A confused and wholly erroneous review of Ben Wiker’s Darwin Myth by Todd Wood appeared recently on Todd’s Blog. Wood’s review suffers from three major errors (and likely many more if I took the necessary time to delineate them all), but in the interest of calling them out without wasting too much time on such an obviously muddled missive, permit me to note the following:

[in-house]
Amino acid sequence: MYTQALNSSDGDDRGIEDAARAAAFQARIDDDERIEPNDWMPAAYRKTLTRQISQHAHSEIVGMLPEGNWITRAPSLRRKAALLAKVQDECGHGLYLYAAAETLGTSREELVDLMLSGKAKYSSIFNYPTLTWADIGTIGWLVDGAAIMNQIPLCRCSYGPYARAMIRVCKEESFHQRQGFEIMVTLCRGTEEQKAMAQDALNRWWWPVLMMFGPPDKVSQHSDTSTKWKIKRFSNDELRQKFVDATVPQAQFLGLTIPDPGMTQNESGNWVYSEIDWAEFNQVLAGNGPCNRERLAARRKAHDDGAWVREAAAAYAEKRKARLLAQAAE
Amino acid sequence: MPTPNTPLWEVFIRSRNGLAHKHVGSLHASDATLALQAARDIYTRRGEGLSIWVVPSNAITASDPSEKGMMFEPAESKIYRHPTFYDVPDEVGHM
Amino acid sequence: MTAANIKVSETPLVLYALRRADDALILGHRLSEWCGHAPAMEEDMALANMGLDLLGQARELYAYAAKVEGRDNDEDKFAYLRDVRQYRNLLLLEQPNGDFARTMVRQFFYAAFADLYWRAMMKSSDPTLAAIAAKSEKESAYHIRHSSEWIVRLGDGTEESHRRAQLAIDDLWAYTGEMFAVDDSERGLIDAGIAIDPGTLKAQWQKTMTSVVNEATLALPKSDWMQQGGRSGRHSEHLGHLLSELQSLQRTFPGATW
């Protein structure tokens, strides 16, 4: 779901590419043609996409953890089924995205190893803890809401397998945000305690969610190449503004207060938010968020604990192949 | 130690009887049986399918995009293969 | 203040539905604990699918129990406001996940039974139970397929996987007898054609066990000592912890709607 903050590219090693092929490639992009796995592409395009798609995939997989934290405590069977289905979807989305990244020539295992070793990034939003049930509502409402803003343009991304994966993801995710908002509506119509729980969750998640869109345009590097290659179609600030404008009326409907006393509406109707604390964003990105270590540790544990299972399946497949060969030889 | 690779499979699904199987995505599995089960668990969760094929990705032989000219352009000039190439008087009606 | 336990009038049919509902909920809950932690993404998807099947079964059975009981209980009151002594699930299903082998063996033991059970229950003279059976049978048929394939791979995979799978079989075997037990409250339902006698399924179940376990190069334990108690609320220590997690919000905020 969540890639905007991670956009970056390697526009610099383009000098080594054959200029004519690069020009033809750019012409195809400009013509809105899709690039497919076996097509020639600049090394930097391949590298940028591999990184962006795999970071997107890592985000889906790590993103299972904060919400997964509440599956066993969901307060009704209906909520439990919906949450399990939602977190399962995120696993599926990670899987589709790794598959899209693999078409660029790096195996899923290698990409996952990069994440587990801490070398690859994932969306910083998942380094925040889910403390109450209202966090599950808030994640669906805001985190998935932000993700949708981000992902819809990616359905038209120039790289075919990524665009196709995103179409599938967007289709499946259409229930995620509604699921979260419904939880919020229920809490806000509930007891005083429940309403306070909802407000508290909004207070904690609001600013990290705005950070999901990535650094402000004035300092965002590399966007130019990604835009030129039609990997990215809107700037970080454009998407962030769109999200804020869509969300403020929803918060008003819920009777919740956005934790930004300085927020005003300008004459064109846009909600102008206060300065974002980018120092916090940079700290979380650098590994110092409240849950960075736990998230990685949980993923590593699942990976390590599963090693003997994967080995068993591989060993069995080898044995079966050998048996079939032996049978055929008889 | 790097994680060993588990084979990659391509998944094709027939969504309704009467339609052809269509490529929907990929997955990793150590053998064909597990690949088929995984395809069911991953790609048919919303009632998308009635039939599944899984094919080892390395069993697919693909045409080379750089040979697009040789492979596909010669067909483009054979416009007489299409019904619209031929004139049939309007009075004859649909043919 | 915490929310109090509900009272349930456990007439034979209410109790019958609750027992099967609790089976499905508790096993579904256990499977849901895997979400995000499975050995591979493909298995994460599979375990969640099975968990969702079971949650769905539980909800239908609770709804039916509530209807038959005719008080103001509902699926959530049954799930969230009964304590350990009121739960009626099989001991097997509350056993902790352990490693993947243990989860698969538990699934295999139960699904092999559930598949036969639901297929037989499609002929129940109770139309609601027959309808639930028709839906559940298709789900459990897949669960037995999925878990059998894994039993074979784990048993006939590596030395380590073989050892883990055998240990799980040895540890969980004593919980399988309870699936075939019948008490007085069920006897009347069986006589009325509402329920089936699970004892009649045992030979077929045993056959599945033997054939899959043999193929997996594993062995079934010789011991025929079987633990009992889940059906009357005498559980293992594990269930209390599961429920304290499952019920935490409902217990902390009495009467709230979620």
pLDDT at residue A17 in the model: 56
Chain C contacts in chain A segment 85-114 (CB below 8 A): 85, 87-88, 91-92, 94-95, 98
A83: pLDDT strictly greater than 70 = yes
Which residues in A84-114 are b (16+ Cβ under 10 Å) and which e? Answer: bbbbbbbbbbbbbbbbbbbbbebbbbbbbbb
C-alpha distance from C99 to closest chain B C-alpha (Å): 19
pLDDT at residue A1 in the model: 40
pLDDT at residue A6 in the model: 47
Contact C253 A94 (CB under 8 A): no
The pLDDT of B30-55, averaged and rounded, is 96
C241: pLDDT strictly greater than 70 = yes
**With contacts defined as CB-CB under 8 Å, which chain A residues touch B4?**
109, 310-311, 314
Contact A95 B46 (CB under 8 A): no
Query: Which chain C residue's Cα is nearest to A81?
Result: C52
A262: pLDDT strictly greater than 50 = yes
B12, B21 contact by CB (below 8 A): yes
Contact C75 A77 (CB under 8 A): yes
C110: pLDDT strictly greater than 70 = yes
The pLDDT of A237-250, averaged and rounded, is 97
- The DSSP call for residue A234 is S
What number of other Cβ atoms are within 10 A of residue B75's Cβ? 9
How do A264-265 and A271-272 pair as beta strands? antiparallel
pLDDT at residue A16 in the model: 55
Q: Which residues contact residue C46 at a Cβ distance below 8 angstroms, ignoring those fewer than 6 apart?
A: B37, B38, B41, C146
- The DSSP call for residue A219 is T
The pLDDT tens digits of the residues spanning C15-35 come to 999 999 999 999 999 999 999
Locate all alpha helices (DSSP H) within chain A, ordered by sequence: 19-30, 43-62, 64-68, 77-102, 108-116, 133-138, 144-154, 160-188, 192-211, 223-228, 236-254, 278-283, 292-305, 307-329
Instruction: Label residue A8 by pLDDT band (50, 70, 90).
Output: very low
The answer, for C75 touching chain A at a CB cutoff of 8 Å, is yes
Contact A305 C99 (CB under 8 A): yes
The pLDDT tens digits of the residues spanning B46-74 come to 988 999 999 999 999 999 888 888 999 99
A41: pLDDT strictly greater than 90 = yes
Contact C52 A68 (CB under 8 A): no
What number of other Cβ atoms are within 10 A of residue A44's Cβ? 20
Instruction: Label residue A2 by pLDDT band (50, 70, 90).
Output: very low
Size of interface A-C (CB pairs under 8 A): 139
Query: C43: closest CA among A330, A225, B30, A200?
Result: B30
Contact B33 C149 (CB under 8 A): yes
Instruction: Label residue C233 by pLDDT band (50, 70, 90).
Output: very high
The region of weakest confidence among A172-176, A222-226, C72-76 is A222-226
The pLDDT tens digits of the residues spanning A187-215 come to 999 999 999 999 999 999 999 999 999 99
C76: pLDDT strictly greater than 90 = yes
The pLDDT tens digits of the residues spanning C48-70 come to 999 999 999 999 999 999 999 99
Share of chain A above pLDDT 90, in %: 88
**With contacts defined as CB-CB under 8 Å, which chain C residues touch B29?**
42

First, Wood claims that “Wiker’s Darwin is an evolutionist from the start, thanks to the influence of Lamarck, Grant, and Erasmus Darwin’s Zoonomia.” Actuall,y what Wiker says is that “the theory came before the facts. It was a philosophical and cultural inheritance before Charles Darwin himself went in search of evidence to support it” (p. 137). This is true and it is also amply demonstrated in the experiences that 17 year-old Charles had in the Plinian Society in addition to Robert Edmond Grant (whom he met at that Society), his grandfather (an irreverent transmutationist), and his father (a closet nonbeliever by just about every biographer’s account including Wiker). Every major metaphysical concept Darwin was later to embrace he was introduced to as a Plinian (e.g. mind as solely matter, humans and animals as one, radical materialism). This was, in Adrian Desmond and James Moore’s own words, Darwin’s introduction to “seditious science” (see chapter 3 of their Darwin: The Life of a Tormented Evolutionist). Wood has Wiker asking the wrong question. Wiker didn’t ask, when did Darwin become an evolutionist?, he asked, when did Darwin develop his worldview or philosophy? That is a powerful and important question and one not asked enough by Darwin’s biographers past and present; too bad Wood missed this point so tellingly and clearly made by Wiker. Understood in Wiker’s context there is, in fact, ample evidence for showing that Darwin’s theory was well ahead of his facts and it can be clearly seen in many references to his private notebooks. Permit me one example (for others I suggest reading the introduction to my Alfred Russel Wallace’s Theory of Intelligent Evolution and, of course, the subject of Wood’s mischaracterizations, Wiker’s own Darwin Myth). “Why is thought, being a secretion of the brain, more wonderful than gravity a property of matter?,” Darwin rhetorically asks, “It is our arrogance, it is our admiration of ourselves . . . ” (Darwin, Notebooks, p. 231). In other words, our intellects are simply products of our material brain (Darwin thought God was of our making, too) and our thinking otherwise is simply arrogant. Darwin wrote this at age 29, four years before his rough 35-page sketch on transmutation and six years before his 230-page draft of the general theory. Wiker is correct; the theory ran well ahead of the facts. Wood’s reference to mockingbirds in the Galapagos is utterly irrelevant is simply demonstrates his complete obliviousness to Wiker’s important and well-supported thesis.